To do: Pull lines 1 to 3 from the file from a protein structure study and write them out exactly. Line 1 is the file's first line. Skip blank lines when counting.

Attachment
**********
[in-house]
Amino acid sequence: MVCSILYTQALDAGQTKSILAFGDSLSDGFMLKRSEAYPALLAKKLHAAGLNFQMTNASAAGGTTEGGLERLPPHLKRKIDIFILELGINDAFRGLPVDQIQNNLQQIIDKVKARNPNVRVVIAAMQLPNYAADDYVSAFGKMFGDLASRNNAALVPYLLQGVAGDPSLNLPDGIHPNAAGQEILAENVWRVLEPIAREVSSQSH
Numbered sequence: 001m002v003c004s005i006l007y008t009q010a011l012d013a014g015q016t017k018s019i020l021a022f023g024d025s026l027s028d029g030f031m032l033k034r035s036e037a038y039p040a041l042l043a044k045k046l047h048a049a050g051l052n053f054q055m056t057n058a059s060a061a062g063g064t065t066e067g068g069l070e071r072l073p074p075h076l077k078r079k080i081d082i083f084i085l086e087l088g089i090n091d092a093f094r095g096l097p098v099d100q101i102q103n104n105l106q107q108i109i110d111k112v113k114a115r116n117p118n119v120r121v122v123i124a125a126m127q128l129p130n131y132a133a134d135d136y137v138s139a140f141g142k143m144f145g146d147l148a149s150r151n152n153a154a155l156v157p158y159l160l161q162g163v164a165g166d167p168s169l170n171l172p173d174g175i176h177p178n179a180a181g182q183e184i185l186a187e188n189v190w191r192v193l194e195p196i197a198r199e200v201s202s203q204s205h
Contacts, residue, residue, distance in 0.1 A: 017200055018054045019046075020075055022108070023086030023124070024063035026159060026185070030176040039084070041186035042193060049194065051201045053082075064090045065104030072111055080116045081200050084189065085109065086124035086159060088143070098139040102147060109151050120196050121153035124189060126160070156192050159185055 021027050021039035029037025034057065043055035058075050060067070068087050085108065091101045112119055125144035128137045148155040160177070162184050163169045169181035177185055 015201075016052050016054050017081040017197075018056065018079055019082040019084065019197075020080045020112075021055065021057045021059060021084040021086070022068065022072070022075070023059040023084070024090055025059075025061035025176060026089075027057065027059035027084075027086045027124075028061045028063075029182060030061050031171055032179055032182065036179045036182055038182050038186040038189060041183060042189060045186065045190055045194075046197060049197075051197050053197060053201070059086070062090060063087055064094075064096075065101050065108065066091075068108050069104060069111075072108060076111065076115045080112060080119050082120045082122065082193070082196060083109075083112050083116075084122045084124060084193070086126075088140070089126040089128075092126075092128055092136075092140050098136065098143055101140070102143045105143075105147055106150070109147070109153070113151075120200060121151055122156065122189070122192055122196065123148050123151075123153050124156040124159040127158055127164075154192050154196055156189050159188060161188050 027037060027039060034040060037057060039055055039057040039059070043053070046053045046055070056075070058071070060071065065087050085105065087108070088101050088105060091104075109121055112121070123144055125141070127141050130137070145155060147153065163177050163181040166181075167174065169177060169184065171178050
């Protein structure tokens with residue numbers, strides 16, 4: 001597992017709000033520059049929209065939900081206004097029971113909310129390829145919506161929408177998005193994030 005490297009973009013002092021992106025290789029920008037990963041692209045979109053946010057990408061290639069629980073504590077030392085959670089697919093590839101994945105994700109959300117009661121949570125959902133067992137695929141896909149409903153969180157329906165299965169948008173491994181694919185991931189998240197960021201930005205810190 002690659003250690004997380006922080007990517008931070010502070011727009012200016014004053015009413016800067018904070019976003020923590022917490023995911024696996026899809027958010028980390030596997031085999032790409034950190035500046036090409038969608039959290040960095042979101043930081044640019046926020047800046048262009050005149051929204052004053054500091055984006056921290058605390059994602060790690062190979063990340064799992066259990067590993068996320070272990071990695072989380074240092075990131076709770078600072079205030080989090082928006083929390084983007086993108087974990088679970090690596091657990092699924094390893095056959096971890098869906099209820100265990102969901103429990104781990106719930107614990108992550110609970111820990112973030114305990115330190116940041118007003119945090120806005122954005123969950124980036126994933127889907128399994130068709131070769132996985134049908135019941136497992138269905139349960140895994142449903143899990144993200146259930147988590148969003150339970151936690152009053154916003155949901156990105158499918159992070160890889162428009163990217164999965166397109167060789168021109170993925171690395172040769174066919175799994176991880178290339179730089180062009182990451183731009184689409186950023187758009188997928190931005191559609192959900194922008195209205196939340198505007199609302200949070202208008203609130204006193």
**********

[in-house]
Amino acid sequence: MVCSILYTQALDAGQTKSILAFGDSLSDGFMLKRSEAYPALLAKKLHAAGLNFQMTNASAAGGTTEGGLERLPPHLKRKIDIFILELGINDAFRGLPVDQIQNNLQQIIDKVKARNPNVRVVIAAMQLPNYAADDYVSAFGKMFGDLASRNNAALVPYLLQGVAGDPSLNLPDGIHPNAAGQEILAENVWRVLEPIAREVSSQSH
Numbered sequence: 001m002v003c004s005i006l007y008t009q010a011l012d013a014g015q016t017k018s019i020l021a022f023g024d025s026l027s028d029g030f031m032l033k034r035s036e037a038y039p040a041l042l043a044k045k046l047h048a049a050g051l052n053f054q055m056t057n058a059s060a061a062g063g064t065t066e067g068g069l070e071r072l073p074p075h076l077k078r079k080i081d082i083f084i085l086e087l088g089i090n091d092a093f094r095g096l097p098v099d100q101i102q103n104n105l106q107q108i109i110d111k112v113k114a115r116n117p118n119v120r121v122v123i124a125a126m127q128l129p130n131y132a133a134d135d136y137v138s139a140f141g142k143m144f145g146d147l148a149s150r151n152n153a154a155l156v157p158y159l160l161q162g163v164a165g166d167p168s169l170n171l172p173d174g175i176h177p178n179a180a181g182q183e184i185l186a187e188n189v190w191r192v193l194e195p196i197a198r199e200v201s202s203q204s205h